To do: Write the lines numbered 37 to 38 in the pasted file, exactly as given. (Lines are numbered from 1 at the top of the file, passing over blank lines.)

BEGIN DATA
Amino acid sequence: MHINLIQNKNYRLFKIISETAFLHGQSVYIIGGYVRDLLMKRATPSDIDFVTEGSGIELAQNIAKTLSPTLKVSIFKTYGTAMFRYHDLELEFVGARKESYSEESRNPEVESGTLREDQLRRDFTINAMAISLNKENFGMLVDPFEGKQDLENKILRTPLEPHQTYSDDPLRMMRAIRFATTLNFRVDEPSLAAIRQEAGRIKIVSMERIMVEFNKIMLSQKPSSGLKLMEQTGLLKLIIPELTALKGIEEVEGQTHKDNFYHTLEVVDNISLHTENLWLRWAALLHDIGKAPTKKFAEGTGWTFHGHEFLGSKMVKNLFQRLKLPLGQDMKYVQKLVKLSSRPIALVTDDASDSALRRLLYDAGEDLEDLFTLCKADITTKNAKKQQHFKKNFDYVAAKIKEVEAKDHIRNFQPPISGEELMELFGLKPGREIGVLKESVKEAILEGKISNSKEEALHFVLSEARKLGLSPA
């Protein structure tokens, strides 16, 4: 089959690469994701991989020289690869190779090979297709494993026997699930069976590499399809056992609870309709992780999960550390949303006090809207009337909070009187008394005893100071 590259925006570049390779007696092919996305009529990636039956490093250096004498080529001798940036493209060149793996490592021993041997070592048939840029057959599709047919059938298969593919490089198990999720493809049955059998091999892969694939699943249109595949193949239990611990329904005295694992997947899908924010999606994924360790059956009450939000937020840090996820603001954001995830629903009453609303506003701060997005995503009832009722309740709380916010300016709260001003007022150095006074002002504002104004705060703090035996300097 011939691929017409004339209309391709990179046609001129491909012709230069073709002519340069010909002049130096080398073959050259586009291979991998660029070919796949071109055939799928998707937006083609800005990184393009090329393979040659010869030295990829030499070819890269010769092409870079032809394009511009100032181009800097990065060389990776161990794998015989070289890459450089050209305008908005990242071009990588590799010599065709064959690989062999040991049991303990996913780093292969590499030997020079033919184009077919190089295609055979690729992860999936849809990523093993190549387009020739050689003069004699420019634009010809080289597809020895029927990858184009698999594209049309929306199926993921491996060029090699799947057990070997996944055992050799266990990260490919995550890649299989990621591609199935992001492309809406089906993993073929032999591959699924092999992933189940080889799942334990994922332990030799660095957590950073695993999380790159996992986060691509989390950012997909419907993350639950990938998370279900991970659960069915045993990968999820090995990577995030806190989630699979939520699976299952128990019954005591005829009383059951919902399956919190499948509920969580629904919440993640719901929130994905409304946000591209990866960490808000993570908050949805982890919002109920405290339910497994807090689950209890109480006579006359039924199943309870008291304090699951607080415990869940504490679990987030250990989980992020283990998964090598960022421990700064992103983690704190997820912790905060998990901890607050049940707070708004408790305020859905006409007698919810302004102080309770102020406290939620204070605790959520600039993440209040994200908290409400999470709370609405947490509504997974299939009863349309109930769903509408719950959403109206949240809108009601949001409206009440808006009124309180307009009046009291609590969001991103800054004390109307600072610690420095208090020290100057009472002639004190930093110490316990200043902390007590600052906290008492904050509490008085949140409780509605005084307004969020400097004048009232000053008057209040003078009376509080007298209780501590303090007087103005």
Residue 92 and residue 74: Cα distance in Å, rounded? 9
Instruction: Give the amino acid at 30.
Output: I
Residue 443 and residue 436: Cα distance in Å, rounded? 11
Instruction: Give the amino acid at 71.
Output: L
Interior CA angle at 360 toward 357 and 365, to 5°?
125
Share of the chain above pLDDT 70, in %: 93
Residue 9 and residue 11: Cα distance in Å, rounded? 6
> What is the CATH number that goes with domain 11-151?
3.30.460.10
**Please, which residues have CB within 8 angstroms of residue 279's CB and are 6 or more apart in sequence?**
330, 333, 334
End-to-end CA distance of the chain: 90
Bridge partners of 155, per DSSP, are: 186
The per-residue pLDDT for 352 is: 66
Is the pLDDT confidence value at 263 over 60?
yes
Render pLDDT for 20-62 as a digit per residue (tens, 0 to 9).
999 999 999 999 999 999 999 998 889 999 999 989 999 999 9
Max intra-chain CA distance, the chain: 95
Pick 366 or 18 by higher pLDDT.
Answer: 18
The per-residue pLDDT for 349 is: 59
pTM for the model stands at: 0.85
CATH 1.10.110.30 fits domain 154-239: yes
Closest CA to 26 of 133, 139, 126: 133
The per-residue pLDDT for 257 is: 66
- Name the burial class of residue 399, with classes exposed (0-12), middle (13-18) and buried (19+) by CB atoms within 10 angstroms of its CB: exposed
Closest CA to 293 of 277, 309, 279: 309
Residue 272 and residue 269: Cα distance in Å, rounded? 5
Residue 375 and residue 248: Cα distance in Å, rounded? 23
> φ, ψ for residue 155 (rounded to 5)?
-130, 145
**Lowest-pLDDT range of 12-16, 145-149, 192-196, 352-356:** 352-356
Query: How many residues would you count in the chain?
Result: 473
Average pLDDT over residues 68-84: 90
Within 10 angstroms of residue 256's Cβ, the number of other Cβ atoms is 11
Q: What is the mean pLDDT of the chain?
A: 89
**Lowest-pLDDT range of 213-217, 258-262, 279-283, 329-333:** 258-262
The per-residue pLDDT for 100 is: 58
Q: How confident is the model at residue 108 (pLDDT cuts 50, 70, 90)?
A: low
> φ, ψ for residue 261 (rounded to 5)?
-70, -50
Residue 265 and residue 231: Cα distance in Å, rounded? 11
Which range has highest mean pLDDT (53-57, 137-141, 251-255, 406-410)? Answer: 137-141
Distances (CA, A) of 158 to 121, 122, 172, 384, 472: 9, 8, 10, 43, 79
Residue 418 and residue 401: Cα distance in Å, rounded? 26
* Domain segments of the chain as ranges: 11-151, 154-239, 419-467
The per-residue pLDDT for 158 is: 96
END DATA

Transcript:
-130, 145
**Lowest-pLDDT range of 12-16, 145-149, 192-196, 352-356:** 352-356